About the Office:
We are located Wilson Hall in South, Room 125.
To request a staff member attend a FYE class to provide Sexual Jeopardy or a stress management presentation, please call the Health Education Coordinator at 860-486-0772. Please note, that Sexperts DO NOT provide FYE classes, only Health Education Office Staff.
In order to book a program, please call the Health Education Coordinator at 860-486-0772.
- Health Education is home to the UConn Sexperts. The Sexperts are an award winning peer education group that provides programs related to sexuality and stress management to students on campus. To fill out a Sexpert application, please click here.
- Health Education also offers other volunteer opportunities through the office such as research for the office, creating health information for students, customer service skills and kit creations. Students interested in volunteering in the office can contact the Health Education Coordinator by calling 860-486-0772 or emailing email@example.com.
- Health Education also offers internships through various programs such as the English Department for writing interns for our Stall Street News and interns for Women’s Studies, Public Health, Allied Health or sexuality majors. Please contact the Health Education Coordinator by calling 860-486-0772 or emailing firstname.lastname@example.org.
Absolutely! The Health Education Office supports all choices related to sexuality, including choosing to not be sexually active. Our office offers “Abstinence Kits” which include information about choosing not to have sex, alternatives to sex and a fun product such as bubbles, play dough, stamps and much more!
Appointments can be made with a Certified Sexuality Educator. Please contact the Health Education Office at 860-486-0772.
- Our office provides a variety of condoms, including thinner/thicker latex condoms, condoms that are textured (ribbed, studded), larger condoms, flavored condoms, extra lubricated and non-lubricated condoms, as well as female condoms that are latex free.
- We also offer lubrication, which includes flavored, water-based, and silicone-based.
- We also provide dental dams, plastic wrap and gloves for safer sex.
- There is no “best kind of condom”. All condoms are tested for their safety and effectiveness by the Food and Drug Administration (FDA). According to the FDA, it is important to choose latex condoms that say “disease prevention” on the package.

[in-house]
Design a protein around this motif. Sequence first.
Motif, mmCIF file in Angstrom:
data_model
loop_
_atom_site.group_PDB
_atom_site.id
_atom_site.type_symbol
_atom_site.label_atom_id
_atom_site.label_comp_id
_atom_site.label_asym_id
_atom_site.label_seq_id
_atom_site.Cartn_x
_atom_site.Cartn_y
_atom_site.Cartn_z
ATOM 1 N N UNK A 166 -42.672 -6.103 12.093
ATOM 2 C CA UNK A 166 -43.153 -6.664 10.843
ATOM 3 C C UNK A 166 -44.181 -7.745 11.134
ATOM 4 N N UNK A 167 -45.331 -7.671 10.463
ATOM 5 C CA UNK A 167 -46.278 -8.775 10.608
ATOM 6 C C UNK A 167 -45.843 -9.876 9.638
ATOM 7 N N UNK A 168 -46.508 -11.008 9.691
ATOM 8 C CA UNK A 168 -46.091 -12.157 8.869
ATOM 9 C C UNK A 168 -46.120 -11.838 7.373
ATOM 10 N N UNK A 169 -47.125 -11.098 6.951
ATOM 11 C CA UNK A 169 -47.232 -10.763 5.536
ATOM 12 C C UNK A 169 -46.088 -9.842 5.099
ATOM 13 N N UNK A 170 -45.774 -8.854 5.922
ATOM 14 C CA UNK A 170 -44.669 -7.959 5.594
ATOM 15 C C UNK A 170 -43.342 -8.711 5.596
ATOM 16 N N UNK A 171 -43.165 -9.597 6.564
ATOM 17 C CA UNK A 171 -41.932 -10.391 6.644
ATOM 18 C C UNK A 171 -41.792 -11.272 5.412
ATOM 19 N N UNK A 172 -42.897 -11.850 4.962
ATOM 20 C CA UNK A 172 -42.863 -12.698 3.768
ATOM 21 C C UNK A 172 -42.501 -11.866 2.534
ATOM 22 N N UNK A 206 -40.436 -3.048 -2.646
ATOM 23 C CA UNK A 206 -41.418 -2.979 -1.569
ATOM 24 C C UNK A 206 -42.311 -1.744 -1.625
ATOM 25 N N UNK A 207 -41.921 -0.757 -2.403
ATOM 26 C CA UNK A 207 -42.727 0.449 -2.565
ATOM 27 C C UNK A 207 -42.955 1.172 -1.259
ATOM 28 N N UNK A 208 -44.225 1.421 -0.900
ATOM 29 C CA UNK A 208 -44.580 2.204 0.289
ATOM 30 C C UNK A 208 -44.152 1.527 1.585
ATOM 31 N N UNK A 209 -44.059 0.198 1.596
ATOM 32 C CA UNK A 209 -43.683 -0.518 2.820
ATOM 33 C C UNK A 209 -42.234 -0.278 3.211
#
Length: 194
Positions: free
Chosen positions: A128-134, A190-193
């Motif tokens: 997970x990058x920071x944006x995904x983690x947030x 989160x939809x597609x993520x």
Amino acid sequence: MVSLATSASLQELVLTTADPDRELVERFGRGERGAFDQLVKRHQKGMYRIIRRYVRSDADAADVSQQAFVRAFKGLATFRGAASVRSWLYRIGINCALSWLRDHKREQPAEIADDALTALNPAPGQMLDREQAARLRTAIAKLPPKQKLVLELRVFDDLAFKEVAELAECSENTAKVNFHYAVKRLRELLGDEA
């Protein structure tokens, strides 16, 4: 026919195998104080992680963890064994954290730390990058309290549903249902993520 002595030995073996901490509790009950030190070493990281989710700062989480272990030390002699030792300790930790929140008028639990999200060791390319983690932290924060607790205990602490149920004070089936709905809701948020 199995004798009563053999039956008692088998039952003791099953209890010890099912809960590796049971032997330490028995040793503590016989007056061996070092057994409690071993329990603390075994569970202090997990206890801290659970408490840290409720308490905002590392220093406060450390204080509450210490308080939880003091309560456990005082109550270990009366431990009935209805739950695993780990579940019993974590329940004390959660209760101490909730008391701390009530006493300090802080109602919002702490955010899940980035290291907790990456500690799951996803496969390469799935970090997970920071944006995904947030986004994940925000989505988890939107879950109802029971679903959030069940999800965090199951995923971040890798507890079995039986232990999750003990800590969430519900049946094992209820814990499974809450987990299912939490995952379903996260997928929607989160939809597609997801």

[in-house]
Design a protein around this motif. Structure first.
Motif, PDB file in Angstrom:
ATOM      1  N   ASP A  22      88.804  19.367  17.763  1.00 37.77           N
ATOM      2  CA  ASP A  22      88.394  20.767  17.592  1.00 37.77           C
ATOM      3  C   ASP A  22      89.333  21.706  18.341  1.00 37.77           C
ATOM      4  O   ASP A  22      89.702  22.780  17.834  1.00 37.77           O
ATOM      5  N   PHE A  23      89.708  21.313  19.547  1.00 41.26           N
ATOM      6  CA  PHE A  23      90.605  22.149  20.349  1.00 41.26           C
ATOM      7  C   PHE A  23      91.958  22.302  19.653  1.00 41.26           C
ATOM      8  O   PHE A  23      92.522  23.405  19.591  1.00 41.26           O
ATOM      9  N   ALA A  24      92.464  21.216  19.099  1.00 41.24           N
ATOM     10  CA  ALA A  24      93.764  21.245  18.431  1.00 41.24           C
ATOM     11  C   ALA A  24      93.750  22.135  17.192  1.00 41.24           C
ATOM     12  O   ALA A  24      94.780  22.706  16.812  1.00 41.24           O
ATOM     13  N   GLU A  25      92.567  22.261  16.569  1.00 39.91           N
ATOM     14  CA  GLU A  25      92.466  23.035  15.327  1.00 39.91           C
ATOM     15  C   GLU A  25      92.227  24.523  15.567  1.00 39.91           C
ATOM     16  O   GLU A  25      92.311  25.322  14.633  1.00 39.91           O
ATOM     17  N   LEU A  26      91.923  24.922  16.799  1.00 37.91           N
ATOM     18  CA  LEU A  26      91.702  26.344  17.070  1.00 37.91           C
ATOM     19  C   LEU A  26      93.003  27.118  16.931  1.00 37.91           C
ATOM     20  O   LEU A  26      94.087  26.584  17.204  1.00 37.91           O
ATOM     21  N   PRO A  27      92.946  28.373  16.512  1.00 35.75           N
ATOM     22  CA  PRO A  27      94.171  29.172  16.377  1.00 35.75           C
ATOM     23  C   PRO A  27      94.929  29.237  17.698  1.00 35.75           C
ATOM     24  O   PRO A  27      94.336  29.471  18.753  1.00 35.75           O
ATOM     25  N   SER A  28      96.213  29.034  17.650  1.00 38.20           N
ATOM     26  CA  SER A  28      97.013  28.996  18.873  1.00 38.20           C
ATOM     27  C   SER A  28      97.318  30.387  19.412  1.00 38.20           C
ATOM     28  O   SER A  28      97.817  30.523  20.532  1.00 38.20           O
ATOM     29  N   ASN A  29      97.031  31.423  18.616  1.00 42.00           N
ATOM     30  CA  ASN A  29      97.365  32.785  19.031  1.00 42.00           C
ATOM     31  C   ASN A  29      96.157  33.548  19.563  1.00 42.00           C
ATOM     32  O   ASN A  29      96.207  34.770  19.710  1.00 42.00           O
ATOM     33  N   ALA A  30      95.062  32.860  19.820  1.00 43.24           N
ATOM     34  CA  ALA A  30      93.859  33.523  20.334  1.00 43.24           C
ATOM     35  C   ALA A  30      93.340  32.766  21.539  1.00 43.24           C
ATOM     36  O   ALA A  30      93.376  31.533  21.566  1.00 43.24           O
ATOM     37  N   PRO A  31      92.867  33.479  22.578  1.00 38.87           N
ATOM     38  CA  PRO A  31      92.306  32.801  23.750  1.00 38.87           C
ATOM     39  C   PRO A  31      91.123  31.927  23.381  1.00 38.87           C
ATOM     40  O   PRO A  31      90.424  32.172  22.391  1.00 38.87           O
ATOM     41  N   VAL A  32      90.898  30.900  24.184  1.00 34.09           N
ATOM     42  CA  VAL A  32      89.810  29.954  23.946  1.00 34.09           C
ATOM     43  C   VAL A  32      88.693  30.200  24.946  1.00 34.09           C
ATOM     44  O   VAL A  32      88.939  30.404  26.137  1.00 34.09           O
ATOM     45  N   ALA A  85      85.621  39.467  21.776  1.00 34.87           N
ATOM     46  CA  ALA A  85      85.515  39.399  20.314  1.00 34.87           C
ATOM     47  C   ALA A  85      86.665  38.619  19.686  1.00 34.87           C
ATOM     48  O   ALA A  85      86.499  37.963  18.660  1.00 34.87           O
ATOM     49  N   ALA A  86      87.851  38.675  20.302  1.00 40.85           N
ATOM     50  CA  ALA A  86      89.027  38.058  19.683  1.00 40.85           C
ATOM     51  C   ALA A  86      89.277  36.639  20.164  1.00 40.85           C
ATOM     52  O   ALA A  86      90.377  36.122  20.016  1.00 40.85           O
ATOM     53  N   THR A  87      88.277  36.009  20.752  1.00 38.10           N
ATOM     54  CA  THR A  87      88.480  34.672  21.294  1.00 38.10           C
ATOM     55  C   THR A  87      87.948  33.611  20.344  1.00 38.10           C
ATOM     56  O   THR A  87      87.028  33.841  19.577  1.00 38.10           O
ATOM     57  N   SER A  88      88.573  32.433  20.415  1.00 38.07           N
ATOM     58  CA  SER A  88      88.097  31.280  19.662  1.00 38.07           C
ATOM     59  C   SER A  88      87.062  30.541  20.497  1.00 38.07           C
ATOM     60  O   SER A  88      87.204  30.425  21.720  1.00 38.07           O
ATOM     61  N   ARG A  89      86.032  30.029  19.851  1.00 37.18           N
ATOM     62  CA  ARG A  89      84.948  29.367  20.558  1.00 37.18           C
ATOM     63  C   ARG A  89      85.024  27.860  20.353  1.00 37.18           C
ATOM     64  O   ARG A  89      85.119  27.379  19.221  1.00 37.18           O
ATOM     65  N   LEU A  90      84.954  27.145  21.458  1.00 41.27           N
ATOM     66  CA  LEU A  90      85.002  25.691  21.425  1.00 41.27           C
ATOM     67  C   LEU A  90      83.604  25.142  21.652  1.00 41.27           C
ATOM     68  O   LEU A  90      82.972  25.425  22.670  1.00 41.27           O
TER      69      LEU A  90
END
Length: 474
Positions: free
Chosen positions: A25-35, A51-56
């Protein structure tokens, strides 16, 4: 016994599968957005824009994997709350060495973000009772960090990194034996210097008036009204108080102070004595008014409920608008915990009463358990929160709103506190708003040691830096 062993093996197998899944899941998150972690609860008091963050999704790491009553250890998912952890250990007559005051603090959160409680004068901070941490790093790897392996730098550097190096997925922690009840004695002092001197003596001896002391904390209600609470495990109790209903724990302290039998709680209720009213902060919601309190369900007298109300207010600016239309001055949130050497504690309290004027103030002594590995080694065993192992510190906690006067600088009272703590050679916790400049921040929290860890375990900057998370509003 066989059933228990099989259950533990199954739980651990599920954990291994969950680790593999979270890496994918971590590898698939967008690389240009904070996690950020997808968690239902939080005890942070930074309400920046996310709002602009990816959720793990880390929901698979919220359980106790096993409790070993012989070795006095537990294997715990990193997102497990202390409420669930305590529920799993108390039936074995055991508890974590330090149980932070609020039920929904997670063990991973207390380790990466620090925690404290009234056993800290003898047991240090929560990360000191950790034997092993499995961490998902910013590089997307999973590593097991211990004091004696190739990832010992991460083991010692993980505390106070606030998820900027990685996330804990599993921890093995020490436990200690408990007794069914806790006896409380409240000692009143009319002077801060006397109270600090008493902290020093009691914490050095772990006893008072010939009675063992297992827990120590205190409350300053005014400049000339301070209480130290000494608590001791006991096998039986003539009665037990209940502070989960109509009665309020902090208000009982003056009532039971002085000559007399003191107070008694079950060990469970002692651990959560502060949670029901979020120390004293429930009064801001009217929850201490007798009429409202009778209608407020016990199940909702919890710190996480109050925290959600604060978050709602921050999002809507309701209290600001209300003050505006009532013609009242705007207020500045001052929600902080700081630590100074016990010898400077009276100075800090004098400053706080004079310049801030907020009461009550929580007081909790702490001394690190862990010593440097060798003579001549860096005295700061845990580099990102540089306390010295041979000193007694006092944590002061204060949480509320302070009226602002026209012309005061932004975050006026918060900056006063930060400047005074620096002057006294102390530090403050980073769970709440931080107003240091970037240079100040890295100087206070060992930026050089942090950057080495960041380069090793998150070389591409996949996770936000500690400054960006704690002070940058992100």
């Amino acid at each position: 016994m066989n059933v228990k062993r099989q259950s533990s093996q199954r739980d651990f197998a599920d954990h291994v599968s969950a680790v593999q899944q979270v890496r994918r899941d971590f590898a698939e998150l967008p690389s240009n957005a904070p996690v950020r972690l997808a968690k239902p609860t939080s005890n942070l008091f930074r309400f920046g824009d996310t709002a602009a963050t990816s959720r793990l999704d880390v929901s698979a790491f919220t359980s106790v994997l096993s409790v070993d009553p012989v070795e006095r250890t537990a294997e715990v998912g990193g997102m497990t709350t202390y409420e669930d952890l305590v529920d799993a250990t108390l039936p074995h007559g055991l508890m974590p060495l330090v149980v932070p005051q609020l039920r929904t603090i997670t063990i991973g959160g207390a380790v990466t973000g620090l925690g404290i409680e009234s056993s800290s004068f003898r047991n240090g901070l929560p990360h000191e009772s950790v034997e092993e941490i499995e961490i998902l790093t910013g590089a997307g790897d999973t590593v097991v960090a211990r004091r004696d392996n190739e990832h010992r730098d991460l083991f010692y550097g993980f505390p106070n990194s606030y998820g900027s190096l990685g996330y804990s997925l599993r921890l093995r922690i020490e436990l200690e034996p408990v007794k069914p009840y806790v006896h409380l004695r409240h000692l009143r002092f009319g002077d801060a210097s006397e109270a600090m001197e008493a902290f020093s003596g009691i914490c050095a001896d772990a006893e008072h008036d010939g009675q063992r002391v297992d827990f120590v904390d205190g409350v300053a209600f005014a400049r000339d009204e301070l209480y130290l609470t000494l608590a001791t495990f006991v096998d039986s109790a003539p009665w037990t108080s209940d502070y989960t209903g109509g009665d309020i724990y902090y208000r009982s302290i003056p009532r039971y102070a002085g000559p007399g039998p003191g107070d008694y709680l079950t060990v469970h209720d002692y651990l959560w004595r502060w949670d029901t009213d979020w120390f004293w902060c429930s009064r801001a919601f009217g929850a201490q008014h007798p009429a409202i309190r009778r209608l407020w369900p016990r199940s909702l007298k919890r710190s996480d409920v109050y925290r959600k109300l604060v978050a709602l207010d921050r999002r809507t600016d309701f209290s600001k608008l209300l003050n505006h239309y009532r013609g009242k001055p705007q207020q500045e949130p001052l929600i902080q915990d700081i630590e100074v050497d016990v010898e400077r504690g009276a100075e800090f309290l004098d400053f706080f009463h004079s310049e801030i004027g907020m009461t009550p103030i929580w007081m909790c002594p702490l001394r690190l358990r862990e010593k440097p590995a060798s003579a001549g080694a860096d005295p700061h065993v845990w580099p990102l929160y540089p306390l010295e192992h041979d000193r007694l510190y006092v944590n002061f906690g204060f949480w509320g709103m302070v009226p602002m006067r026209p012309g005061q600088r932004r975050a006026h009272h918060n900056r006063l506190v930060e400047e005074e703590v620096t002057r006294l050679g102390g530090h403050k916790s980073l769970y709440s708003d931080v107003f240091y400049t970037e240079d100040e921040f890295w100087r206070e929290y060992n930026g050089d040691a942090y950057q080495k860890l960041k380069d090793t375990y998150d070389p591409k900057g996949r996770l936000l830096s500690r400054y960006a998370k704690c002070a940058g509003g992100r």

- FDA – Condoms and Sexually Transmitted Diseases
- If the condom is being used correctly and consistently for maximum protection, the wearer can choose from the variety of styles based on their personal preference.
- AVERT HIV and AIDS
Yes! Our office provides a variety of larger condoms for students.
A “goodie bag” contains an assortment of condoms offered by our office (approximately 12 in each bag), a packet of water-based lubricant, a dental dam, and information provided by a condom manufacturer on how to use condoms correctly for maximum protection. “Goodie bags” are free, and students may pick up one bag per visit.
- A dental dam is a barrier method, usually made of thin, square-shaped latex. Dental dams can be placed over the labia or anus during oral intercourse to prevent the spread of Sexually Transmitted Diseases/Sexually Transmitted Infections (STDs/STIs). A condom can also be cut into a dental dam if a person is unable to find dental dams. An alternative to a latex dental dam are non-latex condoms, non-latex gloves and plastic wrap.
- Dental Dams
- The Health Education Office does not offer spermicidal lubrication or condoms containing spermicidal lubrication.
- The active ingredient in spermicidal lubrication is nonoxynol 9, or N-9. According to the FDA, recent studies have shown that N-9 is not effective in reducing the transmission of HIV and other STIs during intercourse. Studies have also shown that N-9 can cause vaginal and rectal irritation which could increase the risk of contracting HIV/AIDS from an infected partner. However, the FDA does consider spermicidal lubrication to be a safe contraceptive for women at a low-risk for HIV and other STDs.
About Sexual Health:
Should I always use extra lubrication when having sex? Is flavored lubrication okay to use during vaginal intercourse?